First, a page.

Parasitization of bats by bat flies (Streblidae) in fragmented habitats
Hiller, Thomas et al. (2022), Parasitization of bats by bat flies (Streblidae) in fragmented habitats, Dryad, Dataset, https://doi.org/10.5061/dryad.8w9ghx3h5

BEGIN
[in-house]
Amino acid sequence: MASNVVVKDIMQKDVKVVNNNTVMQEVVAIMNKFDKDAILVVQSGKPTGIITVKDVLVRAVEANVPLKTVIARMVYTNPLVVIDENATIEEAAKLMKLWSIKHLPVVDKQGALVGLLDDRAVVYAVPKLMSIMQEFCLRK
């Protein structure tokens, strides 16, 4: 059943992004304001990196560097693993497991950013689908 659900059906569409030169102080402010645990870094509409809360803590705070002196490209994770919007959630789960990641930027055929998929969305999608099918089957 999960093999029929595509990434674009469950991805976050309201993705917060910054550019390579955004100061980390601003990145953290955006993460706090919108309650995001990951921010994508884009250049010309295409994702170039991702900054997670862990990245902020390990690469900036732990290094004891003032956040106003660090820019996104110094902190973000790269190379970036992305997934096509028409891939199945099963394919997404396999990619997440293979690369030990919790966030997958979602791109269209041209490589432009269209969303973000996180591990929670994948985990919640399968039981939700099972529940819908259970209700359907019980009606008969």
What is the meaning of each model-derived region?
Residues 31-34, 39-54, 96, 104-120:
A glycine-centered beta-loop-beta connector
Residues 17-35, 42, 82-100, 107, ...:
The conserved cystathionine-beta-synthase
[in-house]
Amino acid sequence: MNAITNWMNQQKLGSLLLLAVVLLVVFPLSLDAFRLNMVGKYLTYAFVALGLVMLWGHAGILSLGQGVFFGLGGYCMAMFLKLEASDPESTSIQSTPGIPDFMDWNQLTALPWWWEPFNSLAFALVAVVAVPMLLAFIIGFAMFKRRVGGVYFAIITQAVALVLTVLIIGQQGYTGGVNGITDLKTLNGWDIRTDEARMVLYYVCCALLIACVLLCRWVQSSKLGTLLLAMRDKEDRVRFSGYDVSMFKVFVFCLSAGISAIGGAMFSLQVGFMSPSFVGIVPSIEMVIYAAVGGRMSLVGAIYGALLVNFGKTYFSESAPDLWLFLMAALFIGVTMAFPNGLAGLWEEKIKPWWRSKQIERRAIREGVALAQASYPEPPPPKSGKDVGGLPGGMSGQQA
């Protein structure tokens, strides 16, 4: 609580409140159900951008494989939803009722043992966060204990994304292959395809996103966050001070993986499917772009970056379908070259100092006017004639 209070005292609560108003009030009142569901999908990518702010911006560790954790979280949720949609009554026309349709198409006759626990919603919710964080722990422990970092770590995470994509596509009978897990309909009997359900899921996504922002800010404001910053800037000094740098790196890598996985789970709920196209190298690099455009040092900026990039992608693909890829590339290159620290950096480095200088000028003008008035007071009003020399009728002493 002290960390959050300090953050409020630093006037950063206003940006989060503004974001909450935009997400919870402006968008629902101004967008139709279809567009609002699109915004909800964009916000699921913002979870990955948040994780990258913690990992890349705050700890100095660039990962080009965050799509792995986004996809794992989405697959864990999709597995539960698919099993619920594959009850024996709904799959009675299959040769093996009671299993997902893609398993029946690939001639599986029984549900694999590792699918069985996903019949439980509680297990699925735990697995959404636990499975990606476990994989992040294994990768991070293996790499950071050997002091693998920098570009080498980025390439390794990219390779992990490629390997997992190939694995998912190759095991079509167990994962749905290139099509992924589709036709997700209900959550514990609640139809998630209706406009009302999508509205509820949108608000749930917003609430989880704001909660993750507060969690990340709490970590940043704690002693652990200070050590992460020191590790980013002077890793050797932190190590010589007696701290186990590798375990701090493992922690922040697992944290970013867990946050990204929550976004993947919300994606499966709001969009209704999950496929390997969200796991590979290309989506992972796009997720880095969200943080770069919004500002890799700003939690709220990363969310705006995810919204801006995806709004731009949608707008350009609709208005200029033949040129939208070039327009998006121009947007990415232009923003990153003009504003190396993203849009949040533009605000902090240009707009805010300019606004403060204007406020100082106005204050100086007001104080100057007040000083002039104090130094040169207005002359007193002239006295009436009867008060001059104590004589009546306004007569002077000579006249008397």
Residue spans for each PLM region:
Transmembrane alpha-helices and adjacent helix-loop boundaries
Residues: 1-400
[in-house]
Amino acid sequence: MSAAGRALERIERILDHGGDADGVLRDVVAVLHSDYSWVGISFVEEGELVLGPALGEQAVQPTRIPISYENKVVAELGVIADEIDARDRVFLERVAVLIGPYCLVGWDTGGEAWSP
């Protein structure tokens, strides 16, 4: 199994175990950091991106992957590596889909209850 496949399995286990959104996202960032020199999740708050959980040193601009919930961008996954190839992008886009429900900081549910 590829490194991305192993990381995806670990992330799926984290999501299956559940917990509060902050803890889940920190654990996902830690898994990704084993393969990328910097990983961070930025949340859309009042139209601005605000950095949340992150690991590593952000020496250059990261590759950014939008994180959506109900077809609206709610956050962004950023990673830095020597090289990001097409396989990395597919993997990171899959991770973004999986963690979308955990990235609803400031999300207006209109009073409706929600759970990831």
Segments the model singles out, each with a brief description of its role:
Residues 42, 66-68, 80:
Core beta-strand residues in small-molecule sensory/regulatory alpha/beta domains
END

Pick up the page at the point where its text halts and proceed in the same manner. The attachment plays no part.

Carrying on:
Parasites represent a large fraction of the world’s biodiversity. They control host population sizes and contribute to ecosystem functioning. However, surveys on species diversity rarely include parasitic species. Bats often present traits favoring parasite diversity, such as large home ranges, long life spans, and large colonies. The most conspicuous bat parasites are the highly host specific, blood-sucking bat flies (Diptera: Streblidae, Nycteribiidae). Recent studies have found a direct effect of habitat alteration on the abundance of bat species. We expected, therefore, that changes in the host community in response to anthropogenic habitat modification will also result in changes in the associated parasite community. We captured bats in three different habitats in Central Panama between 2013 and 2015. We recorded information on prevalence and intensity of bat fly parasitization of the seven most commonly captured bat species. Prevalence and intensity were both significantly influenced by roost type, abundance, and host sex and age. We found that habitat variables and matrix type significantly influenced the prevalence and intensity of parasitization, while the direction of the responses were host species- and parasite species-specific. In general, roosting conditions and behavior of host bats appear to be fundamental in explaining changes in prevalence and intensity of parasitization between different habitat types, as bat flies are bound to the roost during their reproductive cycle. Habitat alterations affects next to the host community composition also the availability of possible roost structures as well as microclimatic conditions, which all three reflect in parasitization.